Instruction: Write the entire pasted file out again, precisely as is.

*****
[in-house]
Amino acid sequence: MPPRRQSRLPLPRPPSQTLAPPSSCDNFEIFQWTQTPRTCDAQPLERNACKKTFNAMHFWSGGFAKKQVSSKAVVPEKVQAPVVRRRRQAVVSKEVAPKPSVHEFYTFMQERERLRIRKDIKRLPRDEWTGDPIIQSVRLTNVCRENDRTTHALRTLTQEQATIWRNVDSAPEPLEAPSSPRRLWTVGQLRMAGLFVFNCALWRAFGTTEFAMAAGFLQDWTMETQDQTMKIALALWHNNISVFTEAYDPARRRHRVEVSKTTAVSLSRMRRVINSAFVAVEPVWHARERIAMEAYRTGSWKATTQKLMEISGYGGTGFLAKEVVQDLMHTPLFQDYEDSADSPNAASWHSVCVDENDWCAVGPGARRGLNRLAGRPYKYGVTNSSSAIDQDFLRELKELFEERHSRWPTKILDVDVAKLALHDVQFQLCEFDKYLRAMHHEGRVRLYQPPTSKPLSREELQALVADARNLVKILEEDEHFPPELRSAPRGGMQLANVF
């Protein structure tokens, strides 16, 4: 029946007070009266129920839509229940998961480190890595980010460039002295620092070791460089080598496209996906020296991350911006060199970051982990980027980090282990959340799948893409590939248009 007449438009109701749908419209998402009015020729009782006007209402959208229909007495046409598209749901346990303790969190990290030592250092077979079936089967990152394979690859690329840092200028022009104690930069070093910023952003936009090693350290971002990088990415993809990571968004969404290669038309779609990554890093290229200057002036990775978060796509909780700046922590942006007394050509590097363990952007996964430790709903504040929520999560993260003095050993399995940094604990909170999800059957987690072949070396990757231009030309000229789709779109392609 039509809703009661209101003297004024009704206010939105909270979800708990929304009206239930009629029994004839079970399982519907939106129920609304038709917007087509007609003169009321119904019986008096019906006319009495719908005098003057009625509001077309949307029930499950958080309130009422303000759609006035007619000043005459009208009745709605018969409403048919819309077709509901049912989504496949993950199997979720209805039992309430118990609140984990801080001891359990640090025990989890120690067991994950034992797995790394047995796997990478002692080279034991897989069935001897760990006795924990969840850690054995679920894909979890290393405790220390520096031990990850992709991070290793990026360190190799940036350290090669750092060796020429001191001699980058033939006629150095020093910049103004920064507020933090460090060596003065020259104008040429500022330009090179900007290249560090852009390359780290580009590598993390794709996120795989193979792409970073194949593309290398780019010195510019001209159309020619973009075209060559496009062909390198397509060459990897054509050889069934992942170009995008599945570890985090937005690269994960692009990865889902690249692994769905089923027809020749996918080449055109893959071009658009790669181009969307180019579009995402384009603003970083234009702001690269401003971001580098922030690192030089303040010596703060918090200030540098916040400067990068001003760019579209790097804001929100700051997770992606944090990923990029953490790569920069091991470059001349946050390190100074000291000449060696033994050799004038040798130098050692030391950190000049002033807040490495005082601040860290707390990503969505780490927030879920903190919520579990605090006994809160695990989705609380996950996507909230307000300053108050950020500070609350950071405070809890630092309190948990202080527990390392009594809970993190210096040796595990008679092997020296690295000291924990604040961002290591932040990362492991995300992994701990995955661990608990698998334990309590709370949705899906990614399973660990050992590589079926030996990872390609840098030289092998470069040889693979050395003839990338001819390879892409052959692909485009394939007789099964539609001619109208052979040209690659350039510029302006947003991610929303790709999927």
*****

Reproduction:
[in-house]
Amino acid sequence: MPPRRQSRLPLPRPPSQTLAPPSSCDNFEIFQWTQTPRTCDAQPLERNACKKTFNAMHFWSGGFAKKQVSSKAVVPEKVQAPVVRRRRQAVVSKEVAPKPSVHEFYTFMQERERLRIRKDIKRLPRDEWTGDPIIQSVRLTNVCRENDRTTHALRTLTQEQATIWRNVDSAPEPLEAPSSPRRLWTVGQLRMAGLFVFNCALWRAFGTTEFAMAAGFLQDWTMETQDQTMKIALALWHNNISVFTEAYDPARRRHRVEVSKTTAVSLSRMRRVINSAFVAVEPVWHARERIAMEAYRTGSWKATTQKLMEISGYGGTGFLAKEVVQDLMHTPLFQDYEDSADSPNAASWHSVCVDENDWCAVGPGARRGLNRLAGRPYKYGVTNSSSAIDQDFLRELKELFEERHSRWPTKILDVDVAKLALHDVQFQLCEFDKYLRAMHHEGRVRLYQPPTSKPLSREELQALVADARNLVKILEEDEHFPPELRSAPRGGMQLANVF
């Protein structure tokens, strides 16, 4: 029946007070009266129920839509229940998961480190890595980010460039002295620092070791460089080598496209996906020296991350911006060199970051982990980027980090282990959340799948893409590939248009 007449438009109701749908419209998402009015020729009782006007209402959208229909007495046409598209749901346990303790969190990290030592250092077979079936089967990152394979690859690329840092200028022009104690930069070093910023952003936009090693350290971002990088990415993809990571968004969404290669038309779609990554890093290229200057002036990775978060796509909780700046922590942006007394050509590097363990952007996964430790709903504040929520999560993260003095050993399995940094604990909170999800059957987690072949070396990757231009030309000229789709779109392609 039509809703009661209101003297004024009704206010939105909270979800708990929304009206239930009629029994004839079970399982519907939106129920609304038709917007087509007609003169009321119904019986008096019906006319009495719908005098003057009625509001077309949307029930499950958080309130009422303000759609006035007619000043005459009208009745709605018969409403048919819309077709509901049912989504496949993950199997979720209805039992309430118990609140984990801080001891359990640090025990989890120690067991994950034992797995790394047995796997990478002692080279034991897989069935001897760990006795924990969840850690054995679920894909979890290393405790220390520096031990990850992709991070290793990026360190190799940036350290090669750092060796020429001191001699980058033939006629150095020093910049103004920064507020933090460090060596003065020259104008040429500022330009090179900007290249560090852009390359780290580009590598993390794709996120795989193979792409970073194949593309290398780019010195510019001209159309020619973009075209060559496009062909390198397509060459990897054509050889069934992942170009995008599945570890985090937005690269994960692009990865889902690249692994769905089923027809020749996918080449055109893959071009658009790669181009969307180019579009995402384009603003970083234009702001690269401003971001580098922030690192030089303040010596703060918090200030540098916040400067990068001003760019579209790097804001929100700051997770992606944090990923990029953490790569920069091991470059001349946050390190100074000291000449060696033994050799004038040798130098050692030391950190000049002033807040490495005082601040860290707390990503969505780490927030879920903190919520579990605090006994809160695990989705609380996950996507909230307000300053108050950020500070609350950071405070809890630092309190948990202080527990390392009594809970993190210096040796595990008679092997020296690295000291924990604040961002290591932040990362492991995300992994701990995955661990608990698998334990309590709370949705899906990614399973660990050992590589079926030996990872390609840098030289092998470069040889693979050395003839990338001819390879892409052959692909485009394939007789099964539609001619109208052979040209690659350039510029302006947003991610929303790709999927």